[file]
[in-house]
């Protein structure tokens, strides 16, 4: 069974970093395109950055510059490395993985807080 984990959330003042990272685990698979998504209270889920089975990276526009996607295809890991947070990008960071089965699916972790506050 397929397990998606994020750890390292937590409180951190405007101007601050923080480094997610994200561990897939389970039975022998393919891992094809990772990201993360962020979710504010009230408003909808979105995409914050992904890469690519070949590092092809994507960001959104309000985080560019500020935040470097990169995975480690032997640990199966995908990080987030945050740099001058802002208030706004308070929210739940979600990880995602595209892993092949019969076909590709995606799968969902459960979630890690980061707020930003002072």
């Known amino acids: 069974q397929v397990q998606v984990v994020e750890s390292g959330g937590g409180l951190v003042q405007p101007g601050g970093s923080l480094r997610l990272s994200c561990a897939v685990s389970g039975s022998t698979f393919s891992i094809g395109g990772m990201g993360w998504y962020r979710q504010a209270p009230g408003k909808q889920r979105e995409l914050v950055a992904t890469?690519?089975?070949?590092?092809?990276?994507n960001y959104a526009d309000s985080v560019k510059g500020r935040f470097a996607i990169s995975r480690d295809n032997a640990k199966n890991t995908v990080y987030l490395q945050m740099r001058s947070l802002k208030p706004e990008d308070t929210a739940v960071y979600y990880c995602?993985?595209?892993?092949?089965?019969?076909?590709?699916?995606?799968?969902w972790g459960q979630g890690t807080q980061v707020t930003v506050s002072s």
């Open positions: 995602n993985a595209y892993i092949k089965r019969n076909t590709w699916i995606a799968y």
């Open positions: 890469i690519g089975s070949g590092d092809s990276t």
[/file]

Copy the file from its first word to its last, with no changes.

[in-house]
């Protein structure tokens, strides 16, 4: 069974970093395109950055510059490395993985807080 984990959330003042990272685990698979998504209270889920089975990276526009996607295809890991947070990008960071089965699916972790506050 397929397990998606994020750890390292937590409180951190405007101007601050923080480094997610994200561990897939389970039975022998393919891992094809990772990201993360962020979710504010009230408003909808979105995409914050992904890469690519070949590092092809994507960001959104309000985080560019500020935040470097990169995975480690032997640990199966995908990080987030945050740099001058802002208030706004308070929210739940979600990880995602595209892993092949019969076909590709995606799968969902459960979630890690980061707020930003002072």
């Known amino acids: 069974q397929v397990q998606v984990v994020e750890s390292g959330g937590g409180l951190v003042q405007p101007g601050g970093s923080l480094r997610l990272s994200c561990a897939v685990s389970g039975s022998t698979f393919s891992i094809g395109g990772m990201g993360w998504y962020r979710q504010a209270p009230g408003k909808q889920r979105e995409l914050v950055a992904t890469?690519?089975?070949?590092?092809?990276?994507n960001y959104a526009d309000s985080v560019k510059g500020r935040f470097a996607i990169s995975r480690d295809n032997a640990k199966n890991t995908v990080y987030l490395q945050m740099r001058s947070l802002k208030p706004e990008d308070t929210a739940v960071y979600y990880c995602?993985?595209?892993?092949?089965?019969?076909?590709?699916?995606?799968?969902w972790g459960q979630g890690t807080q980061v707020t930003v506050s002072s």
């Open positions: 995602n993985a595209y892993i092949k089965r019969n076909t590709w699916i995606a799968y």
């Open positions: 890469i690519g089975s070949g590092d092809s990276t």